Peppercorn rents originated during the Middle Ages in Britain. When a piece of property was deeded over as a reward for good service (or because the tenant was a favorite of the overlord) a nominal rent was charged as a reminder that the tenant didn't own it outright. A single peppercorn (or a single rose i.e. rose rents) was among the most popular forms of this style of "quit rent" but there were various other curious forms of payment, such as a frog, a roast pork dinner or the donation of a petticoat to a poor woman.
The Feast of St. Michael or Michaelmas (September 29) is one of the standard days for paying rent or settling debts.
There are three terms in the academic year at University of Oxford: Michaelmas, Hilary and Trinity. Michaelmas term begins on or about the Feast of St. Michael the Archangel.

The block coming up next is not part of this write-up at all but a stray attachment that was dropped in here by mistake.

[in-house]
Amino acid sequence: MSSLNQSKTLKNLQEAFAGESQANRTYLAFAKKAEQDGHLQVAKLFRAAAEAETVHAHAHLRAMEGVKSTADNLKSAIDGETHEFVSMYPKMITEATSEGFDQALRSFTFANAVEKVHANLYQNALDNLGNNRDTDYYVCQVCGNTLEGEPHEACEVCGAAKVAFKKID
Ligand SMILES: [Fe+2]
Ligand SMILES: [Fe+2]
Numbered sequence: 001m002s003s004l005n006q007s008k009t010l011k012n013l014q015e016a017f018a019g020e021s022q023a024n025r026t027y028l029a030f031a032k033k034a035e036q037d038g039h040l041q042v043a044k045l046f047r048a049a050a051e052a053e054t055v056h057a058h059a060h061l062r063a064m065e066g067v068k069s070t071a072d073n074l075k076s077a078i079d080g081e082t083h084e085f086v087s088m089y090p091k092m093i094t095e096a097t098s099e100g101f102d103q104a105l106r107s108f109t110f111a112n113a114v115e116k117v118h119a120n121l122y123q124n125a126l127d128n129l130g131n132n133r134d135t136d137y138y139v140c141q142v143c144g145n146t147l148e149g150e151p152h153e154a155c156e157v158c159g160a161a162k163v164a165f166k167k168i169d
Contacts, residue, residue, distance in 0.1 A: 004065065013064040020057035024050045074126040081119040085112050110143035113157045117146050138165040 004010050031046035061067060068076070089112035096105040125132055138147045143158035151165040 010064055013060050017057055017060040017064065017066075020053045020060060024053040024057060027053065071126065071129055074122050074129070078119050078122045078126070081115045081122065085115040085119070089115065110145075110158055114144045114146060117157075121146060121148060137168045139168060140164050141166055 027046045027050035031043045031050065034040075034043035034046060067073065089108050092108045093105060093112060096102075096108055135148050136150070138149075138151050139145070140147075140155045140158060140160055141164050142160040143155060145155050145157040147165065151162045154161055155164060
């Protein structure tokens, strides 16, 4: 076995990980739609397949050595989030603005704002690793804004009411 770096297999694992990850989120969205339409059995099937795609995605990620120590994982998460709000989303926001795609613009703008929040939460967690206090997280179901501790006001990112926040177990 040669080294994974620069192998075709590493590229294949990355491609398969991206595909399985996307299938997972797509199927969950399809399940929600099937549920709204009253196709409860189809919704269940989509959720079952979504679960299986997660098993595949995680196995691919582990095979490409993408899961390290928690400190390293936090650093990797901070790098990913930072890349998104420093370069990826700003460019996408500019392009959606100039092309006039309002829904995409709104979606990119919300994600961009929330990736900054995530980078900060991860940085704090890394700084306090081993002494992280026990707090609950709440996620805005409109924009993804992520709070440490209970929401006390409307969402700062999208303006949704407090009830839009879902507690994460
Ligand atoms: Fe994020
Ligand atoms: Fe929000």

In the Azores, islands in the Atlantic Ocean there are numerous paintings of St. Michael in Catholic churches. In religious art he is usually depicted with a sword and is often shown administrating the passage of souls from purgatory to heaven.
That the Feast of St. Michael is quite ancient is attested to by the numerous churches dedicated to him throughout Europe.
We should not forget that, although most of our early English immigrant ancestors were protestants, many of them followed a liturgical tradition in which saints were venerated (not worshipped) as a matter of course.
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